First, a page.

5. Establish communication expectations
Finally, the success of any project depends upon communication. Brilliant ideas are brought to life through successful communication. Ultimately, if you’re going to reach the finish line with a successful product, it will only happen as the result of clear communication.
As a project manager, you need to ensure that communication is prioritized from the beginning. Invite your team to share ideas, air grievances, ask questions, and offer suggestions. Create a safe place for your team to discuss hot button issues and provide critique without feeling threatened.
The former CEO of URX, John Milinovich, credits much of their early success to an emphasis on open communication, “the best organizations are the ones that not only solicit constructive feedback, but actually do something with it.”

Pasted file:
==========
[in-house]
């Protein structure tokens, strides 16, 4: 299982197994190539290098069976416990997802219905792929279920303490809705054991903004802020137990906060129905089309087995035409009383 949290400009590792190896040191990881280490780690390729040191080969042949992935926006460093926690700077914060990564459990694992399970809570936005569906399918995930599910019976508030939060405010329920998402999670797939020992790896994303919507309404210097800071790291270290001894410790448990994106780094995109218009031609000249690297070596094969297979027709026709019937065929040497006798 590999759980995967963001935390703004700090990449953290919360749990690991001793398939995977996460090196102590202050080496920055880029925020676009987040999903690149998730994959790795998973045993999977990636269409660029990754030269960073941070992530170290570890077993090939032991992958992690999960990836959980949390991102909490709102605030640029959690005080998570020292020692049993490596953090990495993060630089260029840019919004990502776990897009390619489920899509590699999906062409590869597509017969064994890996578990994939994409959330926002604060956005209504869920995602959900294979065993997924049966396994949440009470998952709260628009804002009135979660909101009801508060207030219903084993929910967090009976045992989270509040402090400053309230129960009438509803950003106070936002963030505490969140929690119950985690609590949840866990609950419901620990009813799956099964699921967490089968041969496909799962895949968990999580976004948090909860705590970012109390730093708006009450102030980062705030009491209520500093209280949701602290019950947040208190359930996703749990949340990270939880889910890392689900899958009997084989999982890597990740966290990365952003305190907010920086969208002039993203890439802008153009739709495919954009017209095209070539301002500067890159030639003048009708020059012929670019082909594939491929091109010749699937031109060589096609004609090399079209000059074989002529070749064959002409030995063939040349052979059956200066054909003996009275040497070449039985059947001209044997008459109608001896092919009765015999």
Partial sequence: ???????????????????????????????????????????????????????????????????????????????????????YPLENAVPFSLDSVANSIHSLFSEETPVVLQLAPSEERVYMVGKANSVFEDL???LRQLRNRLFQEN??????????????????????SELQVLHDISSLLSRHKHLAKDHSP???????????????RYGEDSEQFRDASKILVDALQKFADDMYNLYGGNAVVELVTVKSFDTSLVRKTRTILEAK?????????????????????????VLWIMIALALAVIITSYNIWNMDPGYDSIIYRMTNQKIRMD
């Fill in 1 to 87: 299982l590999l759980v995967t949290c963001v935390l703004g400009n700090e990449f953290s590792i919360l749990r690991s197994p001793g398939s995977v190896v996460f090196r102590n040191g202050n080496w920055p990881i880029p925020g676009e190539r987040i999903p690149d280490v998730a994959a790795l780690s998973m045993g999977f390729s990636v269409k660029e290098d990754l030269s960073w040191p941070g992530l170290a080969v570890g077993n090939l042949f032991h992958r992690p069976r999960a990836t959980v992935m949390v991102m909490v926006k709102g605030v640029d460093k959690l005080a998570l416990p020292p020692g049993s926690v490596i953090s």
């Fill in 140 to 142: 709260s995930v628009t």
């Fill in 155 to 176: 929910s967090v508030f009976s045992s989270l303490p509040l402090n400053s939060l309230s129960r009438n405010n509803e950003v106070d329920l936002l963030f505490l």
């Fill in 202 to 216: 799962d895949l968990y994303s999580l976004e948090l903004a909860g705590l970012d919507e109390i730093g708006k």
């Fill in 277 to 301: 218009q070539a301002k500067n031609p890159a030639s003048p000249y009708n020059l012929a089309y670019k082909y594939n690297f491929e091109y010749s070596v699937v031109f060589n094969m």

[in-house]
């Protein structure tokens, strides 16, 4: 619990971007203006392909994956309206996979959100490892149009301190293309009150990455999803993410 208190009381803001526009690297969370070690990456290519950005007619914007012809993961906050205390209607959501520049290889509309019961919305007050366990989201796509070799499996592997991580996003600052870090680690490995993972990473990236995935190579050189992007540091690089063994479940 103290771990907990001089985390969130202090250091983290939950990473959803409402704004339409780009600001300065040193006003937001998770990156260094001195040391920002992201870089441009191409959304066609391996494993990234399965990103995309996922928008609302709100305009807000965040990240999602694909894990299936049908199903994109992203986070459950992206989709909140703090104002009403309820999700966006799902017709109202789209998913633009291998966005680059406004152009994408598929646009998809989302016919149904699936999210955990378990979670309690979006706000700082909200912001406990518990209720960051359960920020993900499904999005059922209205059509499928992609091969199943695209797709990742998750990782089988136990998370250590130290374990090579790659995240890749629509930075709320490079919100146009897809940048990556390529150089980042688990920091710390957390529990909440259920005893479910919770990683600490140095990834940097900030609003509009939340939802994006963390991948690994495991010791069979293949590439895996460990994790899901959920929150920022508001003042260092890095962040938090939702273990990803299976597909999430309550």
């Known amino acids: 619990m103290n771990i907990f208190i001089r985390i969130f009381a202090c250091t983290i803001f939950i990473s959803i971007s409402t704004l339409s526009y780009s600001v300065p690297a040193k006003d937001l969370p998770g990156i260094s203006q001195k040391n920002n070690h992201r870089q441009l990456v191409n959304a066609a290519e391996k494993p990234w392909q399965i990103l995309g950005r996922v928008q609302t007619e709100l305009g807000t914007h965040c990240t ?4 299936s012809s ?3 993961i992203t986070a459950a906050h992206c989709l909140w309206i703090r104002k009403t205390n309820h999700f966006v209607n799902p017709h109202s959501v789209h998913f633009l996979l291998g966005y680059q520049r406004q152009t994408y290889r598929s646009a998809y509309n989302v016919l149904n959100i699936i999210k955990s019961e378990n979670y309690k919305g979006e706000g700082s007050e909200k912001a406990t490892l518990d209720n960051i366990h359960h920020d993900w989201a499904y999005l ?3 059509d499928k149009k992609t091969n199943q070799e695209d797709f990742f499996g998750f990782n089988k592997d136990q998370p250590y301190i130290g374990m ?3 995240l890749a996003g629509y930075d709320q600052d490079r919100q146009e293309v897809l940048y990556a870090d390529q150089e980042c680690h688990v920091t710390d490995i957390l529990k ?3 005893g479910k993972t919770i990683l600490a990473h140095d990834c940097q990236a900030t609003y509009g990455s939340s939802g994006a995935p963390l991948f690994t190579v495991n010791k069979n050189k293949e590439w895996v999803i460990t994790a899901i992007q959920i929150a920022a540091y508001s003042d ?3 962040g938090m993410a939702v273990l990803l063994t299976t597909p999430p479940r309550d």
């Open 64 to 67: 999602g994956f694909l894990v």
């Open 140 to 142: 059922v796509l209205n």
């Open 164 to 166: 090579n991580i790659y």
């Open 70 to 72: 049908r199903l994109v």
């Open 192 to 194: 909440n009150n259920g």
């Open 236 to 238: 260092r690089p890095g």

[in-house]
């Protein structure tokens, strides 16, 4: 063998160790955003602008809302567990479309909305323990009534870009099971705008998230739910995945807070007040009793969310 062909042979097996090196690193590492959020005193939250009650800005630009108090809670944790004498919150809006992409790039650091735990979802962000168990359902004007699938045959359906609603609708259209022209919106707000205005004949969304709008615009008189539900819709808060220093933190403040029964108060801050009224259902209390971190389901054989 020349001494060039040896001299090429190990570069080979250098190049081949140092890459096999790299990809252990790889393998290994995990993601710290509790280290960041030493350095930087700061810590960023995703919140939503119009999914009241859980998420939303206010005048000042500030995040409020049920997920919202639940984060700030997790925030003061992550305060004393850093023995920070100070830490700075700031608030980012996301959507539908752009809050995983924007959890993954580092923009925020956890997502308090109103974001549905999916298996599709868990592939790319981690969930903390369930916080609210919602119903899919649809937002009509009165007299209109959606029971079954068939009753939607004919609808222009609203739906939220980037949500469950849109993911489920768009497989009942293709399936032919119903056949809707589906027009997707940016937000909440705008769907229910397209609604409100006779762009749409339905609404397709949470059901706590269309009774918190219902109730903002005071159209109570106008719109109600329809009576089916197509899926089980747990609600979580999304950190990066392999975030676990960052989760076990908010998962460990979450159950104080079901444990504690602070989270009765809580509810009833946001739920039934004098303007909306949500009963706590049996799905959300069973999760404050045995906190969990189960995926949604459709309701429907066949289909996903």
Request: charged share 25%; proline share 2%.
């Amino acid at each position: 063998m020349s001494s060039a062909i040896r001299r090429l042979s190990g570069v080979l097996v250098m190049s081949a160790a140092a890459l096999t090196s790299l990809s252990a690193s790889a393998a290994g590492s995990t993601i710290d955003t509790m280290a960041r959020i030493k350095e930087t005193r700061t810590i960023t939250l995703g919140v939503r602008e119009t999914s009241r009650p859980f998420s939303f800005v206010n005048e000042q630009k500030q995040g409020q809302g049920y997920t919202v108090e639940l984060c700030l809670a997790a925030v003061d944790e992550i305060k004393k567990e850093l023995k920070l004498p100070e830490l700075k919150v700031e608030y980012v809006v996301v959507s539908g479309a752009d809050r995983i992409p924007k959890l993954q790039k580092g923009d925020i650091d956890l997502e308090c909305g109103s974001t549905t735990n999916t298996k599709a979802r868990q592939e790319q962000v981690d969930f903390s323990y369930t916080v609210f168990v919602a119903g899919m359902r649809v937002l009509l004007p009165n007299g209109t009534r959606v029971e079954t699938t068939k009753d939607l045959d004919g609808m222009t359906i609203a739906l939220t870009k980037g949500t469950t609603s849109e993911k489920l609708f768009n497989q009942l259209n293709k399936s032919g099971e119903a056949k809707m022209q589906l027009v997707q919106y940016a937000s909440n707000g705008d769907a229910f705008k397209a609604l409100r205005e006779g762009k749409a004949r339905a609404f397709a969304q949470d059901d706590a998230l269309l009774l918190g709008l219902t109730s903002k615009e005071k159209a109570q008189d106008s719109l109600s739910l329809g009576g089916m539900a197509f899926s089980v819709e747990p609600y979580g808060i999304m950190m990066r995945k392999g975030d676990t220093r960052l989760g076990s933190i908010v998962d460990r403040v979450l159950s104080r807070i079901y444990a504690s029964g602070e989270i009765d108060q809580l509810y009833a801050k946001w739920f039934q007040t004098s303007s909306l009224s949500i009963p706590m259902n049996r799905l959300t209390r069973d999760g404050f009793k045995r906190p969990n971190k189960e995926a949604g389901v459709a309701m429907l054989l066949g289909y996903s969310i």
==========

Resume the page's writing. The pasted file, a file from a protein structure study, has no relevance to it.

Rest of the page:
Open and engaged communication throughout your team will go a long way in ensuring your project stays on schedule and on the roadmap.
I get it: preventing feature creep can be difficult, especially when you don’t even realize it’s happening. Sometimes an additional feature seems to be the best and maybe even the only way to improve your product. But don’t forget, more often than not, additional features only add to the complexity of your product. And in turn this diminishes your user’s experience.
But if you commit to proactively planning your project, maintaining simplicity, preserving your vision, teaching your team to identify changes, and establishing communication, you can prevent feature creep from taking over your project. If you do, you can be assured it will result in a superior product and experience for your user.